Novak (novak) wrote,

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Personal: A Note on an Epic Movie of a Dream

I had almost forgotten to note one of the most interesting things to happen to me when I was down at my sister's over the extended weekend, helping to watch my nieces. When I woke up on Saturday morning, I was waking from one of the most – or arguably the most – amazing dream I have ever experienced. At first, I thought that I had simply replayed a movie in my head, but when I stopped to think about it, I couldn't for the life of me recall ever seeing such a movie. (A vague impression of Kevin Kline in a significant role could be attributed to my having stayed up late to re-watch Lawrence Kasdan's masterful Grand Canyon the night before.) I had enough material, in a sense, for a full novel or a screenplay – more the latter, as I really saw or dreamt this as a movie – but as I sketched it out in my mind, what I could recollect of it made for a number of seemingly-disconnected units or vignettes, which I would probably have to work on in order to reconcile. This was no surprise in retrospect, as we are all familiar with the odd segues of dreams. But there was an over-arching narrative, a science-fiction one, set in England, and having to do with a group or even civilization of what we might call "near-Earth aliens," intelligent creatures different or unknown to us, save perhaps in legend, but who have actually been sharing our world with us while we were unaware. In this aspect, the story recalled something of The Abyss to me, while its mood seemed more in the spooky thriller of the sort M. Night Shyamalan has given us in Signs or The Sixth Sense.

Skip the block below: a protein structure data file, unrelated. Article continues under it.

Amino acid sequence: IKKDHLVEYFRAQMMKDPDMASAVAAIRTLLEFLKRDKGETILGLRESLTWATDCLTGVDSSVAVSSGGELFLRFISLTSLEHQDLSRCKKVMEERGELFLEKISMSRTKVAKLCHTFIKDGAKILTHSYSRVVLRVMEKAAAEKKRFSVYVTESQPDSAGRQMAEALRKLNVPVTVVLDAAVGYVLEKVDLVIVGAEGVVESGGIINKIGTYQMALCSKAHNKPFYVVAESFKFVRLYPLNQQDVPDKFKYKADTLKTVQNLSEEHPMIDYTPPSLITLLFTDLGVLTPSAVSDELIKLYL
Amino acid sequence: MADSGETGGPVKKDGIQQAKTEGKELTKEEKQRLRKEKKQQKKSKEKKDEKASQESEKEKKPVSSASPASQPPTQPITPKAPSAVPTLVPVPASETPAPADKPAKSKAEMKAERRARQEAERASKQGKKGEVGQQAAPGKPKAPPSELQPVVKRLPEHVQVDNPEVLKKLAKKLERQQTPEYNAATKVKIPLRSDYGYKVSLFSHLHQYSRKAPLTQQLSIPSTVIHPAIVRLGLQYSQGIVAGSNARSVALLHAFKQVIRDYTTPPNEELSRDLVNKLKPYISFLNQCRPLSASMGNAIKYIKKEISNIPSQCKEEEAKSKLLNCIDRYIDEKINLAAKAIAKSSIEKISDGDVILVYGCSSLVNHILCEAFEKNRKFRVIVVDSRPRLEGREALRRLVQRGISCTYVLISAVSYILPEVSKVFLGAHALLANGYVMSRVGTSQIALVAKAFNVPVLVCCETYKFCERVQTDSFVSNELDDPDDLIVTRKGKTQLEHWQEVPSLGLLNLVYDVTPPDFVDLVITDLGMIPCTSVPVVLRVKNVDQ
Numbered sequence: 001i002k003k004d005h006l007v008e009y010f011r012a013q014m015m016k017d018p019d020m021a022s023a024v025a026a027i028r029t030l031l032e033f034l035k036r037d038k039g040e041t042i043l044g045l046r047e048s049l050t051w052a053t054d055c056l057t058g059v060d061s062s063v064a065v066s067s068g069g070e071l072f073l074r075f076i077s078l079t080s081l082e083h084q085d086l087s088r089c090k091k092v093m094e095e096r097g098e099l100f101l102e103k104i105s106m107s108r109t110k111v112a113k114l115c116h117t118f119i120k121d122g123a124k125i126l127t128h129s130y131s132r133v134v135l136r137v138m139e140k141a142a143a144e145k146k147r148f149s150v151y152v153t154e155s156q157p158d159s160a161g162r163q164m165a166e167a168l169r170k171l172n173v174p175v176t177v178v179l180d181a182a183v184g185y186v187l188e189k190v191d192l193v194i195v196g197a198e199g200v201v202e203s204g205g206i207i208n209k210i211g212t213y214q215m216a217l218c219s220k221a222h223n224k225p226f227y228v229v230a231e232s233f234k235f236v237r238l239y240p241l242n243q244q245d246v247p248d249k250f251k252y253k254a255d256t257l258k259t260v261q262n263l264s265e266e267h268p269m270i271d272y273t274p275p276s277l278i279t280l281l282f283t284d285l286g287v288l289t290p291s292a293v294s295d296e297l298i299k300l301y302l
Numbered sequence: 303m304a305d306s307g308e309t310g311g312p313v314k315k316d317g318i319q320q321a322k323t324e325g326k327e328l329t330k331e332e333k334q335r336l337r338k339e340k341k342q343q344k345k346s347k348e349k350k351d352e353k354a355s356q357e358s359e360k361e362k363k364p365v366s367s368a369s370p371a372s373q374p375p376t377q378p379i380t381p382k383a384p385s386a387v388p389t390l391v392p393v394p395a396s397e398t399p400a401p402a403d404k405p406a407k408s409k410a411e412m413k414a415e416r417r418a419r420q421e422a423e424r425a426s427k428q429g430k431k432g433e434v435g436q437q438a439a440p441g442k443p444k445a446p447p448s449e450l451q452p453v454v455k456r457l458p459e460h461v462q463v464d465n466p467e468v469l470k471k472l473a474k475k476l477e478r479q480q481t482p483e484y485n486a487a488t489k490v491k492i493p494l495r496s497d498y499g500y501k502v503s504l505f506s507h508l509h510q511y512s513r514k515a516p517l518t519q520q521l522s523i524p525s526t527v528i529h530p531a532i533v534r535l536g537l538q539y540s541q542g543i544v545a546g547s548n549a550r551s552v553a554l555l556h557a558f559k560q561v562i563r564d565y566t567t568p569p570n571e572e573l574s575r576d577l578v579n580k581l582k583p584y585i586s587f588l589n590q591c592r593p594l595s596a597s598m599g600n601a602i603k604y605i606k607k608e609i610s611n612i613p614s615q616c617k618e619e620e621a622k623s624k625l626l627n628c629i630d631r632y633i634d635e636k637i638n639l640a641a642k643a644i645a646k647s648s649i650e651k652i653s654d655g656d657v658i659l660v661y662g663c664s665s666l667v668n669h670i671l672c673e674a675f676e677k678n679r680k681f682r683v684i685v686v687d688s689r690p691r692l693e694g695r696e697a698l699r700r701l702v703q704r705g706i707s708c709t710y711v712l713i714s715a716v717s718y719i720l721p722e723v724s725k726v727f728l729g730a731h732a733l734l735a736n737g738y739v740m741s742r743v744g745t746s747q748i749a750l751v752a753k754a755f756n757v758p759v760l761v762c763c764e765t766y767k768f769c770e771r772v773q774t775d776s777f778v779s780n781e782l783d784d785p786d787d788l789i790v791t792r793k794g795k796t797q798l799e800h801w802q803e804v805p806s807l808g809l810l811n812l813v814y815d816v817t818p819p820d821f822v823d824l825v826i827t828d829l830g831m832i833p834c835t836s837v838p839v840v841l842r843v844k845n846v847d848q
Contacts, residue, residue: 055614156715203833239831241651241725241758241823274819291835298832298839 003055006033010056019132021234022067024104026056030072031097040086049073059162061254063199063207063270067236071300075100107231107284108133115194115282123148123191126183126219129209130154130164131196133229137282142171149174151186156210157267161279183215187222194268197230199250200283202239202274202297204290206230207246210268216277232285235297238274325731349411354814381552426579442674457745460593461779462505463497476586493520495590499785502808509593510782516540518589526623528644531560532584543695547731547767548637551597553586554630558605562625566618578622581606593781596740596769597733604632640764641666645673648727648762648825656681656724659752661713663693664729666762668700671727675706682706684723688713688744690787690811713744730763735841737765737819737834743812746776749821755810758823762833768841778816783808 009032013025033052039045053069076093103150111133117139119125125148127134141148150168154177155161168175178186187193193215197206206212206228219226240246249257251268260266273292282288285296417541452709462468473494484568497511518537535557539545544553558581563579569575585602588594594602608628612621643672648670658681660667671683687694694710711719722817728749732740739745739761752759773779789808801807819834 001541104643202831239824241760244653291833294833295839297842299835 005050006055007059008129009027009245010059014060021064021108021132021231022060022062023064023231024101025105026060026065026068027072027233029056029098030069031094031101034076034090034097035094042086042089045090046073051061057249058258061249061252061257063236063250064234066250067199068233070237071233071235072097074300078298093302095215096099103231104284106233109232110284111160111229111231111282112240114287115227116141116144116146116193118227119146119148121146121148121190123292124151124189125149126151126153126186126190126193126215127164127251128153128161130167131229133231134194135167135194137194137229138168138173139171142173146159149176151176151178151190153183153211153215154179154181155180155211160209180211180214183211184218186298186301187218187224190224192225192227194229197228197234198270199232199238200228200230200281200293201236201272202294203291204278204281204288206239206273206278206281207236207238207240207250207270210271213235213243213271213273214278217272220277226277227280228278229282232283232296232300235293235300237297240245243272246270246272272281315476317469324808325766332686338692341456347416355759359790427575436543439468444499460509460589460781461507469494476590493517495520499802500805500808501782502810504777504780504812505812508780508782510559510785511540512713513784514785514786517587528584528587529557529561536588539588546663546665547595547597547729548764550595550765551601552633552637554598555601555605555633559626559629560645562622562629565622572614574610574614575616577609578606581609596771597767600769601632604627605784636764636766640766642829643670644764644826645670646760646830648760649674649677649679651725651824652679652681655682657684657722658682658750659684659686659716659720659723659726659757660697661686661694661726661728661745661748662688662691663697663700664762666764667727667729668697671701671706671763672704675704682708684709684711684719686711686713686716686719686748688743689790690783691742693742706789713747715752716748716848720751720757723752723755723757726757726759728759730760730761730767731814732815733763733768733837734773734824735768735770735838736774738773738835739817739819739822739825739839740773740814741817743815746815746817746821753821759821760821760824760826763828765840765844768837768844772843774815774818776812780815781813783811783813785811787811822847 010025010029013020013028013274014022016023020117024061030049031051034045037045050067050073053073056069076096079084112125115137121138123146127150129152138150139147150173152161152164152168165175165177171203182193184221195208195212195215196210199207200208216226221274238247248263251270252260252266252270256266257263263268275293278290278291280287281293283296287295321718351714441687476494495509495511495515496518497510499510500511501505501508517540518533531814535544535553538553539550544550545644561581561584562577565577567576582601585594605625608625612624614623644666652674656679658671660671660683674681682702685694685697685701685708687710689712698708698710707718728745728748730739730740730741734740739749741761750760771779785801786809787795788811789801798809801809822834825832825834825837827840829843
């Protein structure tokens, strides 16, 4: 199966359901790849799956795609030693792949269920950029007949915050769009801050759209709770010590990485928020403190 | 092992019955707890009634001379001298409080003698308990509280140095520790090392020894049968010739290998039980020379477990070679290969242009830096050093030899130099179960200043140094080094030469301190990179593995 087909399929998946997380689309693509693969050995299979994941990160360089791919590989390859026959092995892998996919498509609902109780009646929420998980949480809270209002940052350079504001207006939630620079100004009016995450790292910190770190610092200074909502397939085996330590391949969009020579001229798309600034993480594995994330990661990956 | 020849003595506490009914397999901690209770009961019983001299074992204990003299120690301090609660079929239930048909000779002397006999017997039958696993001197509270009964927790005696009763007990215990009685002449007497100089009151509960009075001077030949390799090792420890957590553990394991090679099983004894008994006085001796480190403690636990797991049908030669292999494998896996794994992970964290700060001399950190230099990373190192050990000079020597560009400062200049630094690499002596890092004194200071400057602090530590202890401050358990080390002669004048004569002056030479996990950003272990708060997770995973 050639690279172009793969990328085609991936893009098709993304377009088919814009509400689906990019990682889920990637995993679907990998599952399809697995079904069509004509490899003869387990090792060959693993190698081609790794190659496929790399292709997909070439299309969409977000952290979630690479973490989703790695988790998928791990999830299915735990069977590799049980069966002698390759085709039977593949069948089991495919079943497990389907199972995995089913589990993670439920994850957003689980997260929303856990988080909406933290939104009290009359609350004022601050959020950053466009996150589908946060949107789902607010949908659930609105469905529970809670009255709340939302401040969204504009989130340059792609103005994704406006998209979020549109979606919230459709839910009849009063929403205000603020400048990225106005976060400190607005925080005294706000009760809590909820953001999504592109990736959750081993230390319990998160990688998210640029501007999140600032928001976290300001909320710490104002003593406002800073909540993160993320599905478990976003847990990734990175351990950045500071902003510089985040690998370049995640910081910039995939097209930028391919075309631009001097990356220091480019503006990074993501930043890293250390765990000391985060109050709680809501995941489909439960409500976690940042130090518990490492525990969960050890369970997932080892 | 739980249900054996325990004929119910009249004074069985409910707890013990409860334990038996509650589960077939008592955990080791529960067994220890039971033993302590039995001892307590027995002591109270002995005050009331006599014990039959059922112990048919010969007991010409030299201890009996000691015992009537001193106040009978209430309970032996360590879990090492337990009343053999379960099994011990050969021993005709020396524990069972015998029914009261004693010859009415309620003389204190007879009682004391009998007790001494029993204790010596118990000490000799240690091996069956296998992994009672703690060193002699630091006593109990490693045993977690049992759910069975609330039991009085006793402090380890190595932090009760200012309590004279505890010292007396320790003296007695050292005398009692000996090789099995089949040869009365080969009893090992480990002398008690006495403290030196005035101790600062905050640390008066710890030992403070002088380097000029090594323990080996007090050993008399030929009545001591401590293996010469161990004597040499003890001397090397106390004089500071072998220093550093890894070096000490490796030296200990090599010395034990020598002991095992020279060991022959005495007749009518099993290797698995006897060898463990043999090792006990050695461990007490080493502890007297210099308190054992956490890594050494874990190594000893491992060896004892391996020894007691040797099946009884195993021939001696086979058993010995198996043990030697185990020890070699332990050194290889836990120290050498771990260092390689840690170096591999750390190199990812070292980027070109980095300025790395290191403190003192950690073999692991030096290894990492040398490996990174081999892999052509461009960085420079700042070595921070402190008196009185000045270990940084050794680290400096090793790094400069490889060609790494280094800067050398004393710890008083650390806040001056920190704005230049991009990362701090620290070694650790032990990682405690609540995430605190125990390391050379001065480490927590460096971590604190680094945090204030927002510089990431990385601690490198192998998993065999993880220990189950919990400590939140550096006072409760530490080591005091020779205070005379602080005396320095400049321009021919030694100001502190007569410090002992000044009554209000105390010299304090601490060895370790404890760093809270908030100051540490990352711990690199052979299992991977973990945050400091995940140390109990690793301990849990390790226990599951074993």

I'm reluctant to give out any more details, on the odd chance that I might actually get up the gumption to do anything with it someday. My few stabs at fiction of any length remain unfinished messes: the mere notes of the screenplay Six Feet to Paradise that I started dreaming up around my second senior year of undergraduate, and the half-written screenplay for Short of the Glory that I was writing with/for Brett Boessen at Notre Dame, but for which I could never quite come up with an ending that satisfied me narratively and theologically. Oi. I've not thought of that in ages: a quick "Spotlight" scan of my computer shows me three copies of the beast, from the memory of three different computers, and which was last opened at 5:16pm on February 28th, 1997.

Anyway, it's so rare for me to have a dream of such great length and detail: honestly, I cannot recall having had one like that in years, if ever at such length. I was in a state of strangely-mixed excitement and loss when I went downstairs and told Mom about it over breakfast Saturday morning. It was a long while before I could shake off the desperate and almost-always-futile desire to go back to sleep so as to try to re-enter the dream. (I think that that's only worked for me once.)
Tags: dreams, movies/film/tv, notre dame, personal, writing

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